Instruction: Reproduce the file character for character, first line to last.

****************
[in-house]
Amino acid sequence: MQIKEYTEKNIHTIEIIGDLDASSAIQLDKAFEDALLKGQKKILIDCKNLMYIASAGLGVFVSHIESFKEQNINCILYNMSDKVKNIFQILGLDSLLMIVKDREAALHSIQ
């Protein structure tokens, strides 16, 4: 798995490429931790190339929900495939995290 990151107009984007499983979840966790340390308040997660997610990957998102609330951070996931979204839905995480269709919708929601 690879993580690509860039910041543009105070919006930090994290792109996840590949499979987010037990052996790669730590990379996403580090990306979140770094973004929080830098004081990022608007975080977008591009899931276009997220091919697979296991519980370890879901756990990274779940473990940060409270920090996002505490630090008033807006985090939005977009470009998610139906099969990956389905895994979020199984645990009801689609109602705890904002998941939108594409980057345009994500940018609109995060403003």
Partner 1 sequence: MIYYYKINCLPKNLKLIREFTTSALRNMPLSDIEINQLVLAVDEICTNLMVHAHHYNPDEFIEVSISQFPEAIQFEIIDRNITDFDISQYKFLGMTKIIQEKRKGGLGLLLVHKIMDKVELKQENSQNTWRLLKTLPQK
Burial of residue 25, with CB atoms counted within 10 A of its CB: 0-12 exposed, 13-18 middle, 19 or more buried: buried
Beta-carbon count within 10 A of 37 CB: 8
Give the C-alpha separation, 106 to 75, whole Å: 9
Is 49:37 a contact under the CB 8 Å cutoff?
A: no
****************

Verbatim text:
[in-house]
Amino acid sequence: MQIKEYTEKNIHTIEIIGDLDASSAIQLDKAFEDALLKGQKKILIDCKNLMYIASAGLGVFVSHIESFKEQNINCILYNMSDKVKNIFQILGLDSLLMIVKDREAALHSIQ
């Protein structure tokens, strides 16, 4: 798995490429931790190339929900495939995290 990151107009984007499983979840966790340390308040997660997610990957998102609330951070996931979204839905995480269709919708929601 690879993580690509860039910041543009105070919006930090994290792109996840590949499979987010037990052996790669730590990379996403580090990306979140770094973004929080830098004081990022608007975080977008591009899931276009997220091919697979296991519980370890879901756990990274779940473990940060409270920090996002505490630090008033807006985090939005977009470009998610139906099969990956389905895994979020199984645990009801689609109602705890904002998941939108594409980057345009994500940018609109995060403003």
Partner 1 sequence: MIYYYKINCLPKNLKLIREFTTSALRNMPLSDIEINQLVLAVDEICTNLMVHAHHYNPDEFIEVSISQFPEAIQFEIIDRNITDFDISQYKFLGMTKIIQEKRKGGLGLLLVHKIMDKVELKQENSQNTWRLLKTLPQK
Burial of residue 25, with CB atoms counted within 10 A of its CB: 0-12 exposed, 13-18 middle, 19 or more buried: buried
Beta-carbon count within 10 A of 37 CB: 8
Give the C-alpha separation, 106 to 75, whole Å: 9
Is 49:37 a contact under the CB 8 Å cutoff?
A: no